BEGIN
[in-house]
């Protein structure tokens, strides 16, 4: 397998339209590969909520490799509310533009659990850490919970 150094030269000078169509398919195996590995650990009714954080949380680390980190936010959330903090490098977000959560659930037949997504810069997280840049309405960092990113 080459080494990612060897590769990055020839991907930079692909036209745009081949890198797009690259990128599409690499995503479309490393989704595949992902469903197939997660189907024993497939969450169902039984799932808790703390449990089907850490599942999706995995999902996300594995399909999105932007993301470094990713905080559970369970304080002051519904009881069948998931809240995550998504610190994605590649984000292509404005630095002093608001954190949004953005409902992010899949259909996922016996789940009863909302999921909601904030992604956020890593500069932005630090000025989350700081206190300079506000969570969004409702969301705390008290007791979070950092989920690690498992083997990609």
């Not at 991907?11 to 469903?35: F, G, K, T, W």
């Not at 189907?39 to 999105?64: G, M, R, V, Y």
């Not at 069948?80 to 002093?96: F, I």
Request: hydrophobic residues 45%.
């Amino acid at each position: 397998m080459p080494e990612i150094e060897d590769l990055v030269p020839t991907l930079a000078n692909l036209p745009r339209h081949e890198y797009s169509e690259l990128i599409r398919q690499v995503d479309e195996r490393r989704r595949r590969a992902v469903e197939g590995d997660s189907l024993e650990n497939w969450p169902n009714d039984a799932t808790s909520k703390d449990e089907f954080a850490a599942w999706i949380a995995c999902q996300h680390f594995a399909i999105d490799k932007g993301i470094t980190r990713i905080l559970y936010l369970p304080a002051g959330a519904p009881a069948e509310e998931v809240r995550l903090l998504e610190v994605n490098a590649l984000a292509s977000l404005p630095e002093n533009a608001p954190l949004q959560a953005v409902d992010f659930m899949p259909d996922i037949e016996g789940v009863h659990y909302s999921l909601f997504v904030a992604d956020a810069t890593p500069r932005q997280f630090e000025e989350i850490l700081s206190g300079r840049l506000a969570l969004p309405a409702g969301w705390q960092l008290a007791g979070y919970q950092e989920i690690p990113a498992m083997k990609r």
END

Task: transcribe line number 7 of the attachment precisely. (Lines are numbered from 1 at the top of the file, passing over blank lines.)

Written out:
């Amino acid at each position: 397998m080459p080494e990612i150094e060897d590769l990055v030269p020839t991907l930079a000078n692909l036209p745009r339209h081949e890198y797009s169509e690259l990128i599409r398919q690499v995503d479309e195996r490393r989704r595949r590969a992902v469903e197939g590995d997660s189907l024993e650990n497939w969450p169902n009714d039984a799932t808790s909520k703390d449990e089907f954080a850490a599942w999706i949380a995995c999902q996300h680390f594995a399909i999105d490799k932007g993301i470094t980190r990713i905080l559970y936010l369970p304080a002051g959330a519904p009881a069948e509310e998931v809240r995550l903090l998504e610190v994605n490098a590649l984000a292509s977000l404005p630095e002093n533009a608001p954190l949004q959560a953005v409902d992010f659930m899949p259909d996922i037949e016996g789940v009863h659990y909302s999921l909601f997504v904030a992604d956020a810069t890593p500069r932005q997280f630090e000025e989350i850490l700081s206190g300079r840049l506000a969570l969004p309405a409702g969301w705390q960092l008290a007791g979070y919970q950092e989920i690690p990113a498992m083997k990609r």